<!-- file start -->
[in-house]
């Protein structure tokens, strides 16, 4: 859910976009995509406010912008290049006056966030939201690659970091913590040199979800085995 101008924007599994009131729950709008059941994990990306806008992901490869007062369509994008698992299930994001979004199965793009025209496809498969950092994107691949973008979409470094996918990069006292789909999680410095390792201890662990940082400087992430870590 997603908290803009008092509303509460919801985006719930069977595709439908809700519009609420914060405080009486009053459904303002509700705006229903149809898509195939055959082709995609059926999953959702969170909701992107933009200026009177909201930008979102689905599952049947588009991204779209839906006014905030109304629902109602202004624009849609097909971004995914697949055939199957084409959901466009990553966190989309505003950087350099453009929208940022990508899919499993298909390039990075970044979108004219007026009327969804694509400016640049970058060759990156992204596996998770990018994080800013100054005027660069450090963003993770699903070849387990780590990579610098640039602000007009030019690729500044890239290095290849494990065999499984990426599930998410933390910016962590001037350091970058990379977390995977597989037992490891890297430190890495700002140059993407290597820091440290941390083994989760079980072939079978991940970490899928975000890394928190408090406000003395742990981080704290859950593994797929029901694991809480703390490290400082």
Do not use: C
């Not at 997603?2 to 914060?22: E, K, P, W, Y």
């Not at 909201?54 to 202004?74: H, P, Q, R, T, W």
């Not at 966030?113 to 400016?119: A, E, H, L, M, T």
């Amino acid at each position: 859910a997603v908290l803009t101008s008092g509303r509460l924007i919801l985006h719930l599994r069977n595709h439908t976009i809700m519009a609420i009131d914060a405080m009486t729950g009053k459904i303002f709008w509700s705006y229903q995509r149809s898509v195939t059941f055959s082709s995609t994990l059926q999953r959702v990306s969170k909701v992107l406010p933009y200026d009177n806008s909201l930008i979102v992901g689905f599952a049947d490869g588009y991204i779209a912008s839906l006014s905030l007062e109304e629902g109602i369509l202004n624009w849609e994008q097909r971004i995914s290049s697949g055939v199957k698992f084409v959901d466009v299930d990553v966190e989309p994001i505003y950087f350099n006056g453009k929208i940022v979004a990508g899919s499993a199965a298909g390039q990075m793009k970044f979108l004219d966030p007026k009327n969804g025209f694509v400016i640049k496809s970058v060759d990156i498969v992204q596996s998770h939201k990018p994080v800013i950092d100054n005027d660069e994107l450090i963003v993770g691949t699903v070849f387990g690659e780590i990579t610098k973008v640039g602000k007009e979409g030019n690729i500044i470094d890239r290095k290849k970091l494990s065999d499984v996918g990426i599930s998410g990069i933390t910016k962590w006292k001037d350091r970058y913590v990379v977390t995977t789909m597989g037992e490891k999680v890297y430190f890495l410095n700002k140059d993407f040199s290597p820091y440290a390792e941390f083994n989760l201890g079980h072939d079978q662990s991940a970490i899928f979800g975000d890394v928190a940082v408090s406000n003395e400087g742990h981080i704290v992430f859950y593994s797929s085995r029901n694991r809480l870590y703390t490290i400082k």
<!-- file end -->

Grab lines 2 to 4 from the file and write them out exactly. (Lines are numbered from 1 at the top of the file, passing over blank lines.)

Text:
């Protein structure tokens, strides 16, 4: 859910976009995509406010912008290049006056966030939201690659970091913590040199979800085995 101008924007599994009131729950709008059941994990990306806008992901490869007062369509994008698992299930994001979004199965793009025209496809498969950092994107691949973008979409470094996918990069006292789909999680410095390792201890662990940082400087992430870590 997603908290803009008092509303509460919801985006719930069977595709439908809700519009609420914060405080009486009053459904303002509700705006229903149809898509195939055959082709995609059926999953959702969170909701992107933009200026009177909201930008979102689905599952049947588009991204779209839906006014905030109304629902109602202004624009849609097909971004995914697949055939199957084409959901466009990553966190989309505003950087350099453009929208940022990508899919499993298909390039990075970044979108004219007026009327969804694509400016640049970058060759990156992204596996998770990018994080800013100054005027660069450090963003993770699903070849387990780590990579610098640039602000007009030019690729500044890239290095290849494990065999499984990426599930998410933390910016962590001037350091970058990379977390995977597989037992490891890297430190890495700002140059993407290597820091440290941390083994989760079980072939079978991940970490899928975000890394928190408090406000003395742990981080704290859950593994797929029901694991809480703390490290400082």
Do not use: C
């Not at 997603?2 to 914060?22: E, K, P, W, Y």